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Storming the Bastille: angry Air France workers attack execs (PHOTOS)

Storming the Bastille: angry Air France workers attack execs (PHOTOS)
Angry workers stormed an Air France meeting where executives were planning to cut 2,900 jobs, forcing the bosses to flee with their clothes in tatters.

Several hundred employees attacked the company’s headquarters near Charles de Gaulle Airport in Paris on Monday where the central committee was holding a meeting. Air France’s executives met to finalize a restructuring plan, including cutting some 300 cockpit crew, 900 flight attendants and 1,700 ground staff.

Executives were met by a crowd of protesting employees when they arrived for the meeting. The workers were shouting and waving flags, but later dozens took their protest into the headquarters, storming the meeting and ripping off the manager's clothes.

The CEO of Air France Frederic Gagey managed to escape. However, vice-president of the Air France hub at Orly Airport, Pierre Plissonnier was not so lucky. The crowd ripped his shirt and jacket, forcing him to scale a fence to find safety.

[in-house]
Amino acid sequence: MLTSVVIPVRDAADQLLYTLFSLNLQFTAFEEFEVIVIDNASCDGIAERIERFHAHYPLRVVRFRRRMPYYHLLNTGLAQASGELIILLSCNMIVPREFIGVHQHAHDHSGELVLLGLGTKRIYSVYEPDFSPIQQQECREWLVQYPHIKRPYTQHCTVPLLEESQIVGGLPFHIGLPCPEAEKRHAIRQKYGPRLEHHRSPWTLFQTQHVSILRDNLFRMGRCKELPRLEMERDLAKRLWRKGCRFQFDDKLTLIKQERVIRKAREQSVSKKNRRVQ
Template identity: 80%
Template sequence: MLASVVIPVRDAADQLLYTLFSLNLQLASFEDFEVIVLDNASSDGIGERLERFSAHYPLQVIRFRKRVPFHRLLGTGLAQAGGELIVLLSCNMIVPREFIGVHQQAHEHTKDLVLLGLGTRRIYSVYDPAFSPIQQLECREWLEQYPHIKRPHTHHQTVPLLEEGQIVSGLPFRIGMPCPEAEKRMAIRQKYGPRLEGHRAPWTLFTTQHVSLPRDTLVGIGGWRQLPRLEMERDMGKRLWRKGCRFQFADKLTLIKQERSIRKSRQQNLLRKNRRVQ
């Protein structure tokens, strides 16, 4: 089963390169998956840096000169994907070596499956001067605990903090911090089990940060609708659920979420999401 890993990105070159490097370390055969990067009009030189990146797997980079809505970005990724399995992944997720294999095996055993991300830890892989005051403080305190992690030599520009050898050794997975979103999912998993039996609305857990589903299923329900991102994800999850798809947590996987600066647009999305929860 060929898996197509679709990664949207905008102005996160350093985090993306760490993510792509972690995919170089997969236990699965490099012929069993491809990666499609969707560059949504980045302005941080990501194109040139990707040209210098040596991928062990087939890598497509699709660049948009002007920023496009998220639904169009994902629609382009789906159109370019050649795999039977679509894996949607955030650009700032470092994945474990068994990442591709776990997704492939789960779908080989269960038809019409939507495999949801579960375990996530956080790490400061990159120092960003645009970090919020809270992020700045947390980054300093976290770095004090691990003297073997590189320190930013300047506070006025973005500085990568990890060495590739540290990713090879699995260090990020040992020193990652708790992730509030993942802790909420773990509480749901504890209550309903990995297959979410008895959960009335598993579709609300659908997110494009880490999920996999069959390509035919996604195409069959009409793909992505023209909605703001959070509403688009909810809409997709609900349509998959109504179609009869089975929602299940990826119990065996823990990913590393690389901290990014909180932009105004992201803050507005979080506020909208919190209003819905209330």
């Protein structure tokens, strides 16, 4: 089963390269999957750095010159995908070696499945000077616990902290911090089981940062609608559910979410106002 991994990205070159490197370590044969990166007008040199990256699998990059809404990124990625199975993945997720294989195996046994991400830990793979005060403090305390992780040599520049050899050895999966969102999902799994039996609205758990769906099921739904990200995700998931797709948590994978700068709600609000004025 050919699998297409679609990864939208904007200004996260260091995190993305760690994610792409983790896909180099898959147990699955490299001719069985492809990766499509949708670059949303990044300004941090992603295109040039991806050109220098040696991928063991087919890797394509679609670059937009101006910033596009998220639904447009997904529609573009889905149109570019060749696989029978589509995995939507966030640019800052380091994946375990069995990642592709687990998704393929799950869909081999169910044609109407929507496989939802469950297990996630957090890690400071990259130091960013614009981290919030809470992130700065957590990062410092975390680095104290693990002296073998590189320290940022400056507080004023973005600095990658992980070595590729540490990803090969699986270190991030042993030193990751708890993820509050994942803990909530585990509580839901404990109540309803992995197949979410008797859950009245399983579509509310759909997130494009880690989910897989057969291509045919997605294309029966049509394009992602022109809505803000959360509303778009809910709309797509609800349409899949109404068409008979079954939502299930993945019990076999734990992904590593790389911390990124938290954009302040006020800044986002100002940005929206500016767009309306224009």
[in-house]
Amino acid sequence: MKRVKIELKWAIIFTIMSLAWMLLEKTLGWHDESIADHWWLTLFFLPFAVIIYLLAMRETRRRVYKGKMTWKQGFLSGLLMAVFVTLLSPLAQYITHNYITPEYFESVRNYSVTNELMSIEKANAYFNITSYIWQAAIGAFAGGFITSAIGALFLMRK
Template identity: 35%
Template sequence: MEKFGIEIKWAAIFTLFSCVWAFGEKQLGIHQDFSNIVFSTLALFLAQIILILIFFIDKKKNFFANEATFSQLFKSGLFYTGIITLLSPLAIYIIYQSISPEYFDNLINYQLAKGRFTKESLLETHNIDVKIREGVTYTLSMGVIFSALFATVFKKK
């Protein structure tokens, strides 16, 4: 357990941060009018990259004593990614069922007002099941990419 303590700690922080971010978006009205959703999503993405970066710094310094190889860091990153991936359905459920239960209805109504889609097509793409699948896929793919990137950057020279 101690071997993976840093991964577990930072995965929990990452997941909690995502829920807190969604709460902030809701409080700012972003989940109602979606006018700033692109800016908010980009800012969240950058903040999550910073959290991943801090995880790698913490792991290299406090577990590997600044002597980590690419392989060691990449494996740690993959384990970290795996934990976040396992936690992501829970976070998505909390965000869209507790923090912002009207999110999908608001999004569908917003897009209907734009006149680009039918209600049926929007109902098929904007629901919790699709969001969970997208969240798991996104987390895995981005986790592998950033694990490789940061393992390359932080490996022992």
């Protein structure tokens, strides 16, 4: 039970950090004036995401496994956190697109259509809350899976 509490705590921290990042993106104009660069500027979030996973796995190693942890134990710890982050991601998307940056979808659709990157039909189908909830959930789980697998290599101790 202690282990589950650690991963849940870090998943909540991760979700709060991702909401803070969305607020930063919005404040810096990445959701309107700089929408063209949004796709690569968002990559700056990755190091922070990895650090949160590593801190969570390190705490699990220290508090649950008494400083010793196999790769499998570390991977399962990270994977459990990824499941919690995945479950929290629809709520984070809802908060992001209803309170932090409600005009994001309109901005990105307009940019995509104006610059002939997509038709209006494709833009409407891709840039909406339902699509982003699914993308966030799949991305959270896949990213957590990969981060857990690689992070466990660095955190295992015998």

Cameras caught the fleeing deputy director for human resources Xavier Broseta, who was also half-naked. Security helped Broseta climb over a fence away from the protesters.

“These attacks were made by isolated and particularly violent individuals as the demonstration by personnel on strike was going on calmly,” Air France said in an e-mailed statement. The company also filed a complaint of aggravated violence.

Air France voiced plans to cut jobs following the failure of productivity talks with the pilots last week. The company hadn’t managed to find a compromise with employees who had been asked to work more hours for the same pay. The measure is part of an attempt to end four years of annual losses.  Air France executives said they were going to reduce the fleet by 14 jets, with the order for Boeing 787s scrapped and aging Airbus A340s phased out. The government called on both sides to continue negotiations in order to save jobs. The company last fired employees in 1993 and that cost the job then CEO Bernard Attali.